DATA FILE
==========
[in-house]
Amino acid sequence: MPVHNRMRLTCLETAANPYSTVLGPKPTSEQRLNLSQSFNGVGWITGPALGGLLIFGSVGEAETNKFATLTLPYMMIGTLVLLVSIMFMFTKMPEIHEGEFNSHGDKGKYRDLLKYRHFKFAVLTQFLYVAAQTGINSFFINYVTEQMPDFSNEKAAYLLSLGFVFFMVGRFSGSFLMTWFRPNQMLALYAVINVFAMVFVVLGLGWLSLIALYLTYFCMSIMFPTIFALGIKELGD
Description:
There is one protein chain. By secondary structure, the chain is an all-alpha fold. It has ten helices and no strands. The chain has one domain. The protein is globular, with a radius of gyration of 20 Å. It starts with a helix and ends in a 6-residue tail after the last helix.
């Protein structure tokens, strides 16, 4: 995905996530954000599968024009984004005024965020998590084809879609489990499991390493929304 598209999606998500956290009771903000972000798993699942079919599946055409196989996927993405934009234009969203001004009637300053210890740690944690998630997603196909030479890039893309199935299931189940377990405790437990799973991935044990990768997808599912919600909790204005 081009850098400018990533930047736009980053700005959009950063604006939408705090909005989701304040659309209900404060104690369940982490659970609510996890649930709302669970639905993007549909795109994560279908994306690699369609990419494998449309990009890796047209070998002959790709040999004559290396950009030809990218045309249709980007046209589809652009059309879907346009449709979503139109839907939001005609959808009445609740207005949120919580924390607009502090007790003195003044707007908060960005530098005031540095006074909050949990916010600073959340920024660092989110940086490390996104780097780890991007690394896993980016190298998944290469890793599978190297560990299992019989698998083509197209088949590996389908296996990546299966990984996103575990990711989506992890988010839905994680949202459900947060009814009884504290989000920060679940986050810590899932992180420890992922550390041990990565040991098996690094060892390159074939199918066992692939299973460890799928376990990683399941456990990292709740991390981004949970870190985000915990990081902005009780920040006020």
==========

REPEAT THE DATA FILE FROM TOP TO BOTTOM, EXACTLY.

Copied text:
[in-house]
Amino acid sequence: MPVHNRMRLTCLETAANPYSTVLGPKPTSEQRLNLSQSFNGVGWITGPALGGLLIFGSVGEAETNKFATLTLPYMMIGTLVLLVSIMFMFTKMPEIHEGEFNSHGDKGKYRDLLKYRHFKFAVLTQFLYVAAQTGINSFFINYVTEQMPDFSNEKAAYLLSLGFVFFMVGRFSGSFLMTWFRPNQMLALYAVINVFAMVFVVLGLGWLSLIALYLTYFCMSIMFPTIFALGIKELGD
Description:
There is one protein chain. By secondary structure, the chain is an all-alpha fold. It has ten helices and no strands. The chain has one domain. The protein is globular, with a radius of gyration of 20 Å. It starts with a helix and ends in a 6-residue tail after the last helix.
């Protein structure tokens, strides 16, 4: 995905996530954000599968024009984004005024965020998590084809879609489990499991390493929304 598209999606998500956290009771903000972000798993699942079919599946055409196989996927993405934009234009969203001004009637300053210890740690944690998630997603196909030479890039893309199935299931189940377990405790437990799973991935044990990768997808599912919600909790204005 081009850098400018990533930047736009980053700005959009950063604006939408705090909005989701304040659309209900404060104690369940982490659970609510996890649930709302669970639905993007549909795109994560279908994306690699369609990419494998449309990009890796047209070998002959790709040999004559290396950009030809990218045309249709980007046209589809652009059309879907346009449709979503139109839907939001005609959808009445609740207005949120919580924390607009502090007790003195003044707007908060960005530098005031540095006074909050949990916010600073959340920024660092989110940086490390996104780097780890991007690394896993980016190298998944290469890793599978190297560990299992019989698998083509197209088949590996389908296996990546299966990984996103575990990711989506992890988010839905994680949202459900947060009814009884504290989000920060679940986050810590899932992180420890992922550390041990990565040991098996690094060892390159074939199918066992692939299973460890799928376990990683399941456990990292709740991390981004949970870190985000915990990081902005009780920040006020």